Research ArticleAPPLIED OPTICS

Adaptive foveated single-pixel imaging with dynamic supersampling

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Science Advances  21 Apr 2017:
Vol. 3, no. 4, e1601782
DOI: 10.1126/sciadv.1601782
  • Fig. 1 Experimental setup.

    The scene is flood-illuminated and imaged onto a DMD, which operates as a dynamic mask: Light from a subset of the micromirrors is reflected to an avalanche photodiode (APD), which records the total intensity transmitted by each binary masking pattern. More details are given in Materials and Methods.

  • Fig. 2 Single-pixel imaging with spatially variant resolution.

    (A to C) Uniform resolution. (A) Uniform 32 × 32–pixel grid with N = 1024 pixels. (B) Examples of a complete 1024 Hadamard pattern set (negatives not shown) reformatted onto the 2D uniform grid shown in (A). (C) Image of a cat recorded experimentally in ~0.125 s, reconstructed from the level of correlation with each of the 1024 masks shown in (B). (D to F) Spatially variant resolution. (D) Spatially variant pixel grid, also containing N = 1024 pixels of varying area. Within the fovea, the pixels follow a Cartesian grid, chosen to avoid aliasing with the underlying Cartesian grid of the DMD at high resolutions. Surrounding the fovea is a peripheral cylindrical polar system of pixels. (E) Examples of the 1024 Hadamard patterns reformatted onto the spatially variant grid shown in (A). (F) Image of the identical scene to that shown in (C), reconstructed here from correlations with the 1024 spatially variant masks shown in (E). In the central region of (F), the linear resolution is twice that of the uniform image (C).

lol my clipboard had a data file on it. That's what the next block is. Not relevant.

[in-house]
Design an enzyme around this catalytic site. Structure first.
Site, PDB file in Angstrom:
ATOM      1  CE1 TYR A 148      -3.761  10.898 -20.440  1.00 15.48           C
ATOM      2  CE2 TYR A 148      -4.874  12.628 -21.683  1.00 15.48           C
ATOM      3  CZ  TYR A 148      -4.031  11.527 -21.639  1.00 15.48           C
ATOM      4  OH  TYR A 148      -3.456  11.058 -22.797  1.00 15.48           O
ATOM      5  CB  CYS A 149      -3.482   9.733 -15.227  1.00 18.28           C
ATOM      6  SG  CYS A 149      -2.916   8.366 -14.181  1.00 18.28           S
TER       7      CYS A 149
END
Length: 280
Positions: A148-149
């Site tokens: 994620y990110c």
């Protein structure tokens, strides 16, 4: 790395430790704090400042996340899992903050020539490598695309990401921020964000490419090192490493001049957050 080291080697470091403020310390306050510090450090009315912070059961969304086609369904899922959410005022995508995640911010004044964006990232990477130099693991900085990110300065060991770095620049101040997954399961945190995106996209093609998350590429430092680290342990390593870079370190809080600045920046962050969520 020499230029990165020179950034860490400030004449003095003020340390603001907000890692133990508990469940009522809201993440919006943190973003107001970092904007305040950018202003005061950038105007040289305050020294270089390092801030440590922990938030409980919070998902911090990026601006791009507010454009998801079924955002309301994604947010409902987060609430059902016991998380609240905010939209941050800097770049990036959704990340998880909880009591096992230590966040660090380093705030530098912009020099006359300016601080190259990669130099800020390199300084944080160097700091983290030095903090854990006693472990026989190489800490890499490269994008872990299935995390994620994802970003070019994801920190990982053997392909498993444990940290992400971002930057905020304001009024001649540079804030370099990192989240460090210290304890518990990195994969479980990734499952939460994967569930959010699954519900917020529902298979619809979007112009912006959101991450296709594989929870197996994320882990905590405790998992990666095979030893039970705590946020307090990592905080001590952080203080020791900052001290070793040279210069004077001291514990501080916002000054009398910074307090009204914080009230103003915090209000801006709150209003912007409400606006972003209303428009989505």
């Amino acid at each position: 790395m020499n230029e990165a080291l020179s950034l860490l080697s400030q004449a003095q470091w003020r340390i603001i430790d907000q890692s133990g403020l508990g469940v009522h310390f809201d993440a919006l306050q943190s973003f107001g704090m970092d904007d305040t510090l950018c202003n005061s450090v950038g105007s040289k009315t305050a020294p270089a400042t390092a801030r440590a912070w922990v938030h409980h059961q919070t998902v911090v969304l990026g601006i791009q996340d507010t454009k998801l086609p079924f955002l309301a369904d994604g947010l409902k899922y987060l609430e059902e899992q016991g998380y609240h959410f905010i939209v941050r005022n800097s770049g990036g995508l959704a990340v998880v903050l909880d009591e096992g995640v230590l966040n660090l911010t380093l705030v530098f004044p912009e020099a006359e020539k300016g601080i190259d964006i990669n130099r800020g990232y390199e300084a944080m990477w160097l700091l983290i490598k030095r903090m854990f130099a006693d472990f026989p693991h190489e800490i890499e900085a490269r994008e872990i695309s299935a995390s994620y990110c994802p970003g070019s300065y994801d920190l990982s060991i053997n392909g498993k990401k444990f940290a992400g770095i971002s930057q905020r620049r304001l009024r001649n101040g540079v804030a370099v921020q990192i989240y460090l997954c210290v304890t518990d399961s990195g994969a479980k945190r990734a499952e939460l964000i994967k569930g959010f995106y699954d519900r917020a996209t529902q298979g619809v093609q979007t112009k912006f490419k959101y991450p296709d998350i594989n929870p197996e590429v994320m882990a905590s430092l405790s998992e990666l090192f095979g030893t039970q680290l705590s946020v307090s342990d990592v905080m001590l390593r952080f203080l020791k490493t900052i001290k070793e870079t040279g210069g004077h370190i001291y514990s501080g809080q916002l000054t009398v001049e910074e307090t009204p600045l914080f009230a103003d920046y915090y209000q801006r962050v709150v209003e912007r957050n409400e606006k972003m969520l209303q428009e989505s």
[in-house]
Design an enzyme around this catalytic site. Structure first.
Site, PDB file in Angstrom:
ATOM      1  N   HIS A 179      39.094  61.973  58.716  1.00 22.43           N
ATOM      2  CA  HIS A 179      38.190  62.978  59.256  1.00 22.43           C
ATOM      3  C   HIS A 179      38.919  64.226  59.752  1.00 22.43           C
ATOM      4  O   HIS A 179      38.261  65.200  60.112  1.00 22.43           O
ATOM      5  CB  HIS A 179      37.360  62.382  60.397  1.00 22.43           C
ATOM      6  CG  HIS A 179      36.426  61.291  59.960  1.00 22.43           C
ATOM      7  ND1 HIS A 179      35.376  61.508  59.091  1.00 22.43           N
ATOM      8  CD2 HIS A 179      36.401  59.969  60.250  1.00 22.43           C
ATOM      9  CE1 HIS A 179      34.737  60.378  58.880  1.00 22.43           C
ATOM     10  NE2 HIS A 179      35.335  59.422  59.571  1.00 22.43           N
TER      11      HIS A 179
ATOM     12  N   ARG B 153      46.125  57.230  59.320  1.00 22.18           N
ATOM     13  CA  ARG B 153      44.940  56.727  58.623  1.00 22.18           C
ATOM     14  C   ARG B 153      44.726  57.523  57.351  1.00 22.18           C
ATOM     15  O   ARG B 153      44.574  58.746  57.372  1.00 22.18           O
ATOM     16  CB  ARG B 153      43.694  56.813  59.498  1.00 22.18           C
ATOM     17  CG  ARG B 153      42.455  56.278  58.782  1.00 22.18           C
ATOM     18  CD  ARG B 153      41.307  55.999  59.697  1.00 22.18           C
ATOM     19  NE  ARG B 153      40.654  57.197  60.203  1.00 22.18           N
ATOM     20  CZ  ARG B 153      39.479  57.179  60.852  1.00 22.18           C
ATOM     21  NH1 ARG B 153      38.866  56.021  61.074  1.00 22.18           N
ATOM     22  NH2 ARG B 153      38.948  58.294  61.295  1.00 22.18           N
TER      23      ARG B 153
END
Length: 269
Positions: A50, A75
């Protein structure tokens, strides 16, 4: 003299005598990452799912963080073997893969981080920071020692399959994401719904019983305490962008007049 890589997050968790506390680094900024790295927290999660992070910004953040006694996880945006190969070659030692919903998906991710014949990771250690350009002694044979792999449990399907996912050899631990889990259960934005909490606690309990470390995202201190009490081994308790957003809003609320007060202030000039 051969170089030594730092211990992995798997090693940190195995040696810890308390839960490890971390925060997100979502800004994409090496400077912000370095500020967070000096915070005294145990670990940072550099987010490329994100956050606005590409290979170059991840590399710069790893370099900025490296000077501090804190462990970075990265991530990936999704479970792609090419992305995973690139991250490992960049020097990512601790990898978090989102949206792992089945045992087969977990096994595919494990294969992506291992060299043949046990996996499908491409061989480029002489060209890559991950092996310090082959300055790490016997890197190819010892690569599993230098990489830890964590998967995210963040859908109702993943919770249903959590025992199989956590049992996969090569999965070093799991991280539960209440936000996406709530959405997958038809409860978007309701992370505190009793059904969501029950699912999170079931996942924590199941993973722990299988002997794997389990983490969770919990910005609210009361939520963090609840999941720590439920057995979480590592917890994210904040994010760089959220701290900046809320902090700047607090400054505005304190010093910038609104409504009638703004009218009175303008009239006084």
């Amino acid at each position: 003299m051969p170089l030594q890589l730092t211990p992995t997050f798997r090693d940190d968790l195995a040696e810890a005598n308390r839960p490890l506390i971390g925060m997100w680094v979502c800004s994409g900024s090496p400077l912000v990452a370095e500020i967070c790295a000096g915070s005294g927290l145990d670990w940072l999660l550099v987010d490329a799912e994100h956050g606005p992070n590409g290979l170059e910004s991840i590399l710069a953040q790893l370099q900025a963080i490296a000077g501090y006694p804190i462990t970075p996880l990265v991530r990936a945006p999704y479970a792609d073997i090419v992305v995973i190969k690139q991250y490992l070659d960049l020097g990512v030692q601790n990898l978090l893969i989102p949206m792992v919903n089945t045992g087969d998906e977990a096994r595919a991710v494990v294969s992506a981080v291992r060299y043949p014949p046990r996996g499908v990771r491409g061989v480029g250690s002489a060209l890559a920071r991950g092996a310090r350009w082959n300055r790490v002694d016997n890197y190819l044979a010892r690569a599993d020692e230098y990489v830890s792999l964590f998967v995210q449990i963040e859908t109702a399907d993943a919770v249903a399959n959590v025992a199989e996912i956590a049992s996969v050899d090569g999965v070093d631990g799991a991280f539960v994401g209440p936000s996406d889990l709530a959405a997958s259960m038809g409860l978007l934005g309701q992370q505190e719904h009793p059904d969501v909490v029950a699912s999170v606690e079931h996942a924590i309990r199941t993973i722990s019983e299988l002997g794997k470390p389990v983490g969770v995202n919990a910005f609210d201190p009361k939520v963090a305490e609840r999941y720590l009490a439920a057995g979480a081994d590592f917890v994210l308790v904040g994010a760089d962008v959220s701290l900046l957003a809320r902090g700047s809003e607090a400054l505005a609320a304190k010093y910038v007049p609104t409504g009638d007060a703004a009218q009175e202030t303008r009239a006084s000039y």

• Fig. 3 Reconstructing images with a spatially variant effective exposure time using digital supersampling.

    All images are reconstructed from experimental data. (A) Four subframes, each with the foveal cells shifted by half a cell in x and/or y with respect to one another (45). The number of cells in each subframe is N = 1024. The purple insets show the underlying cell grid in each case. Movie S1 shows the changing footprints of the subframes in real time (see section S7 for full description of movie S1). (B) Composite images reconstructed from increasing numbers of subframes using the weighted averaging method. (C) Composite images reconstructed from increasing numbers of subframes using the linear constraint method. The number of hr-pixels in the high-resolution composite images is M = 128 × 128 = 16,384, although not all of these may be independently recovered, depending on the number of sub-images combined and the configuration of each sub-image’s cells. Insets bridging (B) and (C) color-code the local time taken to perform the measurements used to reconstruct each region within the field of view, that is, the spatially variant effective exposure time of the images. The central region only uses data from the most recent four subframes (taking 0.5 s), whereas the reconstruction of the periphery uses data from subframes going progressively further back in time. Movie S2 shows a movie of the progressive linear constraint reconstruction (see section S7 for full description of movie S2). (D) Reconstructions of a uniform grid of points from 36 subframes to compare the PSF of the two reconstruction methods.

  • Fig. 4 Fovea guidance by motion tracking.